“When they procure coffee, whether they choose Rainforest Alliance, Fair Trade, Utz or others, we think that roasters need to look at certifications as this is being requested by customers,” says Schlittler.

In choosing a coffee capsule system, customers need to consider another factor similar to any other household appliance – energy consumption. In most parts of Europe, energy consumption is now regulated by the European Union community, requiring appliances to have a low-power stand-by function. The Mocoffee system has exceeded these requirements, and is recommended by the Topten consumer group.

Schlittler points to one last environmental consideration that many consumers may be tempted to overlook in choosing a coffee capsule system. With so many machines available on the market, he warns of the temptation to purchase the most inexpensive machine. While consumers may think they’re being economical, they are running the risk of contributing to the unsustainability of the system.

Cheaper machines have a higher chance of breaking down, and at such a low price point, often it’s not worth getting them fixed. As such, these lower-priced machines are more likely to end up in a landfill. When cheaper machines don’t produce the quality a consumer expects, they are also less likely to be used and more likely to get thrown out. What the consumer has saved in the price point, could end up costing the planet more in the long run.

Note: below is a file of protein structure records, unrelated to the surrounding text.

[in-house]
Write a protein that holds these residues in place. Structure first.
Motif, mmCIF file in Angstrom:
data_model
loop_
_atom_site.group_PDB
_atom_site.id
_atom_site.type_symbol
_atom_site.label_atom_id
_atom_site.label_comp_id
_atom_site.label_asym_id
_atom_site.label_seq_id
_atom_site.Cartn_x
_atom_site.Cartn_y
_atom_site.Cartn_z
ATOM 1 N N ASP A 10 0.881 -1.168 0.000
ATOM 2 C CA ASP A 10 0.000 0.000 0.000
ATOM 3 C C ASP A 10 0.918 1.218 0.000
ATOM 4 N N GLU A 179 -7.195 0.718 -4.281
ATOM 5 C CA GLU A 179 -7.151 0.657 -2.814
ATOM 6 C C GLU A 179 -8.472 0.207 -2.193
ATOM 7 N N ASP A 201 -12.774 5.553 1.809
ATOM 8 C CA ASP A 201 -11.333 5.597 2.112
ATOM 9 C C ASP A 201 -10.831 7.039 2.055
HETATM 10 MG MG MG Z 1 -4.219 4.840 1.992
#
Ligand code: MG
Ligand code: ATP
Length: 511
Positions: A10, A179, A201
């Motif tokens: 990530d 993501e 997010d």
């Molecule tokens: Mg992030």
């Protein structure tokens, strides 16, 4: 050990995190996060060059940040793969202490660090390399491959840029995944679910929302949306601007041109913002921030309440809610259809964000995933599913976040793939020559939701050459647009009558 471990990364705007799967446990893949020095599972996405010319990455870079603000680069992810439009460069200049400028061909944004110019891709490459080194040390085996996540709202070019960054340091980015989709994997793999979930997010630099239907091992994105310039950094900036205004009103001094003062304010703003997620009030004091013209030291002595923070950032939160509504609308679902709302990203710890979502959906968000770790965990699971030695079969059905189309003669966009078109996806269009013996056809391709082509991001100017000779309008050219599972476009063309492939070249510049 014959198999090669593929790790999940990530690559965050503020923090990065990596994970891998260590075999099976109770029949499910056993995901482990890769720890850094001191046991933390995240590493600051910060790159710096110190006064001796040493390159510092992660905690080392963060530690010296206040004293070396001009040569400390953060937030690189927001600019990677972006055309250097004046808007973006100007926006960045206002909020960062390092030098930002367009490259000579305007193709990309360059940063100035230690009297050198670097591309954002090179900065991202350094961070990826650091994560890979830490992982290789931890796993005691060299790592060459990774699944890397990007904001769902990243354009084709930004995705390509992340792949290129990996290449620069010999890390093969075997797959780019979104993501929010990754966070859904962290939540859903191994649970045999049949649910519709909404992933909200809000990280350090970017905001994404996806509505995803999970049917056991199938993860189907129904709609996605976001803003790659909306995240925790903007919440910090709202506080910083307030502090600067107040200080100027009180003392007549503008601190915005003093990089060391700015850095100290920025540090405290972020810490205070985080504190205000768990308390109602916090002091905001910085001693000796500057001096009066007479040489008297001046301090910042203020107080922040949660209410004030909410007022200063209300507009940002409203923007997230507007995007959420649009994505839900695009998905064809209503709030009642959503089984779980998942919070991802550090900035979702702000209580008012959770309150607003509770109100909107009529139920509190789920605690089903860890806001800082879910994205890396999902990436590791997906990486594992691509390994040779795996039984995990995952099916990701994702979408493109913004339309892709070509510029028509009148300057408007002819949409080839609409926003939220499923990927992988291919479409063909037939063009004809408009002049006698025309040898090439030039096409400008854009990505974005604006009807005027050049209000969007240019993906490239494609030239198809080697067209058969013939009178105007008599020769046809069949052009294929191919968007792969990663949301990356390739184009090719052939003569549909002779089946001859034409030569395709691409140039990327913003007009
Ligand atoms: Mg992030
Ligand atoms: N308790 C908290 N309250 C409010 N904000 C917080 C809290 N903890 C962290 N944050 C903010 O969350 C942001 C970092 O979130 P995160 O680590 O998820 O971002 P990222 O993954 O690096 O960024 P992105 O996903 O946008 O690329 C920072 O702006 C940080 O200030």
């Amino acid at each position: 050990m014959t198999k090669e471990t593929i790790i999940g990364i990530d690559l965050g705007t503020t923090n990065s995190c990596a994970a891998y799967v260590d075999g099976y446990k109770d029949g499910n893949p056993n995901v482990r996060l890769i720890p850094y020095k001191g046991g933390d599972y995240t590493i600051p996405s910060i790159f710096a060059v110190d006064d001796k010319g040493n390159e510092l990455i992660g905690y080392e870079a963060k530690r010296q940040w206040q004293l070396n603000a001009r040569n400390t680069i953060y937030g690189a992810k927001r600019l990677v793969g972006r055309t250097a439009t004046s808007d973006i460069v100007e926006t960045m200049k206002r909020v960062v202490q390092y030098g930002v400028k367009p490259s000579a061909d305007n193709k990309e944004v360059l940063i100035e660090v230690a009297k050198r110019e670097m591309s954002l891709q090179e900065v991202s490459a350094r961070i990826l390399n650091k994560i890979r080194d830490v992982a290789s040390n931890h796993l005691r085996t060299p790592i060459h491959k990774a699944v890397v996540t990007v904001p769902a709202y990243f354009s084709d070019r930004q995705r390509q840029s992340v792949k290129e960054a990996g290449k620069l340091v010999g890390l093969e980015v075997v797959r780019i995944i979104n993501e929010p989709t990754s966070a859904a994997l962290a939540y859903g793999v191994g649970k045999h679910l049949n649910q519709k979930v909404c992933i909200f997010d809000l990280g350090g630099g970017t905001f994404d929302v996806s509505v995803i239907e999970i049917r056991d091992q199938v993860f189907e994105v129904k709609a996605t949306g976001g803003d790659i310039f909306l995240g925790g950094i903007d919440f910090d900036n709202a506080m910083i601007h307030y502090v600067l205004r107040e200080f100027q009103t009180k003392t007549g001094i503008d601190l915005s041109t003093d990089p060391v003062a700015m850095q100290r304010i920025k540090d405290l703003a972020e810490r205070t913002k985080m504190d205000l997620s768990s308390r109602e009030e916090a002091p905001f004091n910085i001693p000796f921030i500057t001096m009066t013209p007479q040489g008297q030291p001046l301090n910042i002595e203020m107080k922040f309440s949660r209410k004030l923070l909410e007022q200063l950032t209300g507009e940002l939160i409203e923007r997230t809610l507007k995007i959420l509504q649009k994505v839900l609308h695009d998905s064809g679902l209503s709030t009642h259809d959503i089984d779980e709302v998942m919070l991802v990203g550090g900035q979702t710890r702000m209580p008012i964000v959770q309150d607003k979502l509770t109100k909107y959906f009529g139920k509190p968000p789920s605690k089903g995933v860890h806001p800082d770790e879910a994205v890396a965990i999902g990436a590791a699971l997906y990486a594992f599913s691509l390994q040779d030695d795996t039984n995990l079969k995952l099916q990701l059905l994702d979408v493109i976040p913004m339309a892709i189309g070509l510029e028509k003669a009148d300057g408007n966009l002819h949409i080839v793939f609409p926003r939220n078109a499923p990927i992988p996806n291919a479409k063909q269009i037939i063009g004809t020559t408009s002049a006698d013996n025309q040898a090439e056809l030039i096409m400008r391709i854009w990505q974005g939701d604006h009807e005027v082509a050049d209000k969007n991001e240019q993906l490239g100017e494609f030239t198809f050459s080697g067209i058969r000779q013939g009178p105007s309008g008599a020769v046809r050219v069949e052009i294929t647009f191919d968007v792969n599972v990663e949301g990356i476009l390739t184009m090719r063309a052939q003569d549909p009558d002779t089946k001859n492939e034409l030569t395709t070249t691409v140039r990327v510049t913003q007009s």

“Our machines are not cheap, but as with anything if you want quality you need to pay the price,” Schlittler says. “The cost issue could end up forcing the industry to go in the wrong direction.”
Mocoffee takes full responsibility for the repairs of their systems. Broken machines can be exchanged for a functioning system. Mocoffee refurbishes machines to limit wastage wherever possible. “We need to ensure we’re not throwing away tonnes of machines,” he says.

Every one of these details, Schlittler explains, will make a difference in the long run. As coffee capsule use is expected to continue to rise and spread around the world, these small considerations at the manufacturing level need to be taken into consideration to promote the popularity of sustainability efforts.

“This year, we’ll see 14 to 15 billion coffee capsules sold, while in 10 years that number could jump to 150 billion,” Schlittler says. “That’s a really good reason to think about the impact of the capsules you’re buying.”

Source: Global Coffee Report from the May 2012 issue.